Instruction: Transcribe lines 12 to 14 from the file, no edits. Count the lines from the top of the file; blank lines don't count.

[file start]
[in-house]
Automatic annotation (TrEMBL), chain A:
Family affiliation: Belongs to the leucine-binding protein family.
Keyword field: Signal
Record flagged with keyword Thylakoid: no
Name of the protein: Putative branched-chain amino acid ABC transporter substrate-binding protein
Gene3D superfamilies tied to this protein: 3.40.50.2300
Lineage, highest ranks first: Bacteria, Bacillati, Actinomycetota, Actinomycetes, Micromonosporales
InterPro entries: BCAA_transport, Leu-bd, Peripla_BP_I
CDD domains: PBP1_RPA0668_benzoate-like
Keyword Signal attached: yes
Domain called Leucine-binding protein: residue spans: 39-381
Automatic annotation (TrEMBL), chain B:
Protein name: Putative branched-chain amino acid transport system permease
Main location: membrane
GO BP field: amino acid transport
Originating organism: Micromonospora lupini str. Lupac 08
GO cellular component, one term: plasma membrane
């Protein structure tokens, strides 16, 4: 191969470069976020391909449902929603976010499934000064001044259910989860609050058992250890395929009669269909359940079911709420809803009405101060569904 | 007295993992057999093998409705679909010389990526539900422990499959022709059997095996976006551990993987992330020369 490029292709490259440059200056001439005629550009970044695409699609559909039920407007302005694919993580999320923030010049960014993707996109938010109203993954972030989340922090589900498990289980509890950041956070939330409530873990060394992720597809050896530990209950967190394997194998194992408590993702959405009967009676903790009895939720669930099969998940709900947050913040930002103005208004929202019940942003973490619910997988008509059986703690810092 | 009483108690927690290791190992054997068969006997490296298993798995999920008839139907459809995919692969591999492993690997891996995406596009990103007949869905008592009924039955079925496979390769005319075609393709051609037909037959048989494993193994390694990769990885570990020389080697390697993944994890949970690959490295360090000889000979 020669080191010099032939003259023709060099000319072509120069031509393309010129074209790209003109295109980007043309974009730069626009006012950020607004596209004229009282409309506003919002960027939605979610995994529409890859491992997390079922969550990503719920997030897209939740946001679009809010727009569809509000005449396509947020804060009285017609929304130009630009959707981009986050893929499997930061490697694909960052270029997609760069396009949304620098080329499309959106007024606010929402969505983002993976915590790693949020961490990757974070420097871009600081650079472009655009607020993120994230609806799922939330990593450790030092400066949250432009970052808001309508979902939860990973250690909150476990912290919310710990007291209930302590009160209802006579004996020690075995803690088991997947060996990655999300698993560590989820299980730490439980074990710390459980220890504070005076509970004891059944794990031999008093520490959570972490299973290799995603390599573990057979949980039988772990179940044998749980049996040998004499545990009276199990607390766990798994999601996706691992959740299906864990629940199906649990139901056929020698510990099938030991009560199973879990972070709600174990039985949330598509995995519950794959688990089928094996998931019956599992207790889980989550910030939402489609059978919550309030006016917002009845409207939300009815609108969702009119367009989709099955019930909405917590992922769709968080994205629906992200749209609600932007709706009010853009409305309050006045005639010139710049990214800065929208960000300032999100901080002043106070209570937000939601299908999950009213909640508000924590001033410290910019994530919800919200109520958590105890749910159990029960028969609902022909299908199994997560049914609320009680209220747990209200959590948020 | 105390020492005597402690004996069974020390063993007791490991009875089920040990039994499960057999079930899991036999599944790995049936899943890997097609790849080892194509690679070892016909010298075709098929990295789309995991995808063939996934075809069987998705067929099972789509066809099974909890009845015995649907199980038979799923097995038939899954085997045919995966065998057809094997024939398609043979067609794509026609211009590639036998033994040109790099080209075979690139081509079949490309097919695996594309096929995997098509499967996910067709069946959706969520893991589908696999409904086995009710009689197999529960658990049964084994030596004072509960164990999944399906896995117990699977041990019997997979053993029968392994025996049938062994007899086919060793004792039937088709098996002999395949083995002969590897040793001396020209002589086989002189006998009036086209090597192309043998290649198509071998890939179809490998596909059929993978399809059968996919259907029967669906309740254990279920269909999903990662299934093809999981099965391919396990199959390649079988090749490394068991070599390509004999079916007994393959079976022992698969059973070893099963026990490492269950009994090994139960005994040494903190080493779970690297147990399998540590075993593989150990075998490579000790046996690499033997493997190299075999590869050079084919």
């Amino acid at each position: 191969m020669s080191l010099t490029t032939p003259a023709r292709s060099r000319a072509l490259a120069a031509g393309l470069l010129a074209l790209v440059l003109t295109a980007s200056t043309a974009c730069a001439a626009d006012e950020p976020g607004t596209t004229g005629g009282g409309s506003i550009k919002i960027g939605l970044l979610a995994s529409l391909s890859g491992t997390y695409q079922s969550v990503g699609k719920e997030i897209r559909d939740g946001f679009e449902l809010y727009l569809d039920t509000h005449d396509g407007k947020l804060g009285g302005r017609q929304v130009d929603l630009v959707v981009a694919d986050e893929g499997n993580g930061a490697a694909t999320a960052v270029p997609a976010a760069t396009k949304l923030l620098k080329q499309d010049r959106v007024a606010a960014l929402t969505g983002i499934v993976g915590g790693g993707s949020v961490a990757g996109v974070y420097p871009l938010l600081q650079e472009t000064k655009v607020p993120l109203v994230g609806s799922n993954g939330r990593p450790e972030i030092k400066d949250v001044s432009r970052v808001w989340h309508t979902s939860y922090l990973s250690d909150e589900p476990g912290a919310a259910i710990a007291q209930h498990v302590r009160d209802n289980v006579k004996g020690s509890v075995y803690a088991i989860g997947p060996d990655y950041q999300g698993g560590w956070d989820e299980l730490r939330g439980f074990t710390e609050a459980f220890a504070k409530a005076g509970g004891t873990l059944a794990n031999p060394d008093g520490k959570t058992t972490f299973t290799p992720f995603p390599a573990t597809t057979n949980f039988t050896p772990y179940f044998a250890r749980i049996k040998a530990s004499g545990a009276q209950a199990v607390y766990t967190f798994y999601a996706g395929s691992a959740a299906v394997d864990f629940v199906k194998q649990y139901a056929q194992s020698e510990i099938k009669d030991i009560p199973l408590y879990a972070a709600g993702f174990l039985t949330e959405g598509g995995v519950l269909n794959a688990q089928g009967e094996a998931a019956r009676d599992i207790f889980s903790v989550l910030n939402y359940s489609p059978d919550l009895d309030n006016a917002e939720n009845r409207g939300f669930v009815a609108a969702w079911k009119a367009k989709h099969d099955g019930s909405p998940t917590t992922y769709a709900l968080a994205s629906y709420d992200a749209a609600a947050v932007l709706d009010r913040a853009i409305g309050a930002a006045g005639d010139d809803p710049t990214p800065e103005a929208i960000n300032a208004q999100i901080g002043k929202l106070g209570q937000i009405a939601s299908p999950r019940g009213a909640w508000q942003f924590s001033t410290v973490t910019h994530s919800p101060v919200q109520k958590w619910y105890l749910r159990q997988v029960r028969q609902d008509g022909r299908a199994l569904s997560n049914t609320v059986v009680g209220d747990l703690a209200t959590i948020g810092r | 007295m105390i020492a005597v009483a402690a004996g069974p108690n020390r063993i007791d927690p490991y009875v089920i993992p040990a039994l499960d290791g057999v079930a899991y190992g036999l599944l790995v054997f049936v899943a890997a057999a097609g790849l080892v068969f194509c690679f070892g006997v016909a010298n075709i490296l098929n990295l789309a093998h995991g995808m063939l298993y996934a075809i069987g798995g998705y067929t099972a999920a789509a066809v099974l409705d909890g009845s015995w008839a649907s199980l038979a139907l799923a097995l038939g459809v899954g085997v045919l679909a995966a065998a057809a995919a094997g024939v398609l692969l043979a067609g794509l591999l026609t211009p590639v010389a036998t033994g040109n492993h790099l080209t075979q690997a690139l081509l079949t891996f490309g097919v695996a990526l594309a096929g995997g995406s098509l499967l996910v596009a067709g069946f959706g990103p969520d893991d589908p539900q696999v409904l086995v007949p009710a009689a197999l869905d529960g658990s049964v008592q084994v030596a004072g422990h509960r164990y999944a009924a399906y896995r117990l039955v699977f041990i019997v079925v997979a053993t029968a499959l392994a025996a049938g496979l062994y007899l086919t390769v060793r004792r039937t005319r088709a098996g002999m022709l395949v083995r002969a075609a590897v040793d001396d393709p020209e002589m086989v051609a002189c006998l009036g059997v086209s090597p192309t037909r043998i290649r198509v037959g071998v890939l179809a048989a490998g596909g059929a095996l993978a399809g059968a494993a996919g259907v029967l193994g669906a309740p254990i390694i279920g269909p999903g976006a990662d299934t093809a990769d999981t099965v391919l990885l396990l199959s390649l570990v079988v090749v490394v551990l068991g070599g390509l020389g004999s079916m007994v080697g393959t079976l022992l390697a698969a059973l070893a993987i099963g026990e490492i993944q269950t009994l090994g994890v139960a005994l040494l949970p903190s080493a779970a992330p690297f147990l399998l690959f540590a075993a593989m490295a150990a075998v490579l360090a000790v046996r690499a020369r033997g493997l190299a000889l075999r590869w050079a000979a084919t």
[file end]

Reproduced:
Domain called Leucine-binding protein: residue spans: 39-381
Automatic annotation (TrEMBL), chain B:
Protein name: Putative branched-chain amino acid transport system permease